Sun Microsystems on Wednesday said it now has solid state drives available for certain of its x64 and CMT rack-mount and blade servers.
The news is only the first in a series of NAND-based flash memory releases to come before June, according to channel sources.
Instead of just adding a SATA or SAS interface to a solid state drive, or SSD, and putting it in a server, Sun is actually designing its servers around the NAND technology, according to a Sun solution provider who asked to remain anonymous.
Sun actually has an extensive line of flash-based products coming out this year, from mini-flash and PCI Express-based products to the industry's first mini-flash array, and actually seems to be leading the industry with the technology, the solution provider said.
"Sun is looking at how it can best use this technology, and it's not just behind a disk interface," the solution provider said. "It's designing servers around the flash memory. I am impressed with Sun's innovation with storage again. Sun now has a chance to get back into storage in a big way."
For Sun, the addition of solid state storage to its lower-cost servers is the latest in the company's Open Storage initiative.
Sun's Open Storage initiative, introduced in July, calls for the increased use of industry-standard components to enable customers to quickly expand storage capacity at a low cost.
On Wednesday, Sun said it is adding SSD technology to its x64 and CMT rack and blade servers to increase their performance for I/O-intensive applications and lower power consumption significantly.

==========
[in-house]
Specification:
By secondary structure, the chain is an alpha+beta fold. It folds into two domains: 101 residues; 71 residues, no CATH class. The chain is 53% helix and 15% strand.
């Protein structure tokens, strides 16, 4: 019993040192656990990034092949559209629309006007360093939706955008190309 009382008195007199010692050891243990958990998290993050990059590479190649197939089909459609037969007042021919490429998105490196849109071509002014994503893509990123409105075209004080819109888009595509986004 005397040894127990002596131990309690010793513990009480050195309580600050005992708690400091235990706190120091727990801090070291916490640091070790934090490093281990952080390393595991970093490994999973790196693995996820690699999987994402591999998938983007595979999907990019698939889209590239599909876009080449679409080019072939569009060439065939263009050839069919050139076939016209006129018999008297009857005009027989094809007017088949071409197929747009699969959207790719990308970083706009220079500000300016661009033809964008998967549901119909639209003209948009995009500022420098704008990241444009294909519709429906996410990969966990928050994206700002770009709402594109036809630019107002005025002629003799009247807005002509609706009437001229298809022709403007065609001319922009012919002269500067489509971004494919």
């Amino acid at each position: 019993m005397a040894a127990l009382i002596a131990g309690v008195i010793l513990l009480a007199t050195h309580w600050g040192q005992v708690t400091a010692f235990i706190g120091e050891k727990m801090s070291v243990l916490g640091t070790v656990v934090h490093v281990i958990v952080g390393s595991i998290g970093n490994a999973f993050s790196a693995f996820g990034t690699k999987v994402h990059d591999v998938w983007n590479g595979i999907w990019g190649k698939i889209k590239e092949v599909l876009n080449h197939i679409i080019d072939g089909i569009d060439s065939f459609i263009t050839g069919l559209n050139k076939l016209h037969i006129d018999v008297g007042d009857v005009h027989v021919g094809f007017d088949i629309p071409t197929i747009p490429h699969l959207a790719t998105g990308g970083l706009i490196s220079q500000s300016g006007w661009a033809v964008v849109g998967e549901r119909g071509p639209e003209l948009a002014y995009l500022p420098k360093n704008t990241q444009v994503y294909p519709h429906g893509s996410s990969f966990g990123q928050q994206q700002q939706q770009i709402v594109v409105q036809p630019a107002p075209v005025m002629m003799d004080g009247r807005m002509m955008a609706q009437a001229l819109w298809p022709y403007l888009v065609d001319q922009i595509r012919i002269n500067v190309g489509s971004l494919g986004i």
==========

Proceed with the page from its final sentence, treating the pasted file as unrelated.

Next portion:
Sun in November introduced SSDs in its new Storage 7000 Unified Storage Systems, also known as Amber Road. Amber Road, which is a series of hybrid server/storage devices, pools all hard drives and solid state drives in a new type of RAID configuration that allows quick addition of new drives and fast RAID rebuilds.
Rob Wolfe, president and CEO of AvcomEast, a Vienna, Va.-based solution provider and Sun partner, said that, based on the success of Amber Road, Sun is smart to commit to solid state storage.
Wolfe said his company has purchased three Amber Roads for demonstration purposes, the most of any demo product it has ever purchased. "And they are busy every week with our reps," he said. "They're busier than any product from any vendor we've had for a long time."
Sun's x64 servers, based on industry-standard components, have more features than other AMD-based or Intel-based servers, but until the addition of SSD storage have been lumped together in customers' minds as a me-too product, Wolfe said.
"But with SSD, here's Sun saying, this is something completely new," he said. "They've found lightning in a bottle with Amber Road and SSD, and now they are leveraging it with other products."
Mark Teter, CTO of Advanced Systems Group, a Denver-based Sun solution provider and Sun partner, said Sun's line of servers with SSD storage is very impressive.
"Customers are very much interested in the new products," Teter said. "We have been focusing on storage capacity in the last 24 months. Now we can focus on performance."
Sun officials could not be reached for comment. However, Raymond Austin, group manager for senior product management at Sun, said in a video posted on the company's Web site that SSD technology helps customers achieve up to 65 times faster response times, up to eight times better throughput and up to 38 percent less power consumption than servers with traditional spinning hard disk drives.
"Sun is the first systems provider to integrate flash technology across its entire systems portfolio, including blades, CMT and x64 servers, to instantly and efficiently increase application I/O performance," Austin said.
Enterprise-grade SSD flash technology is available as of Wednesday, starting at $1,199, and with integrated server systems starting at $3,240 for the Sun Fire X6250 Blade system.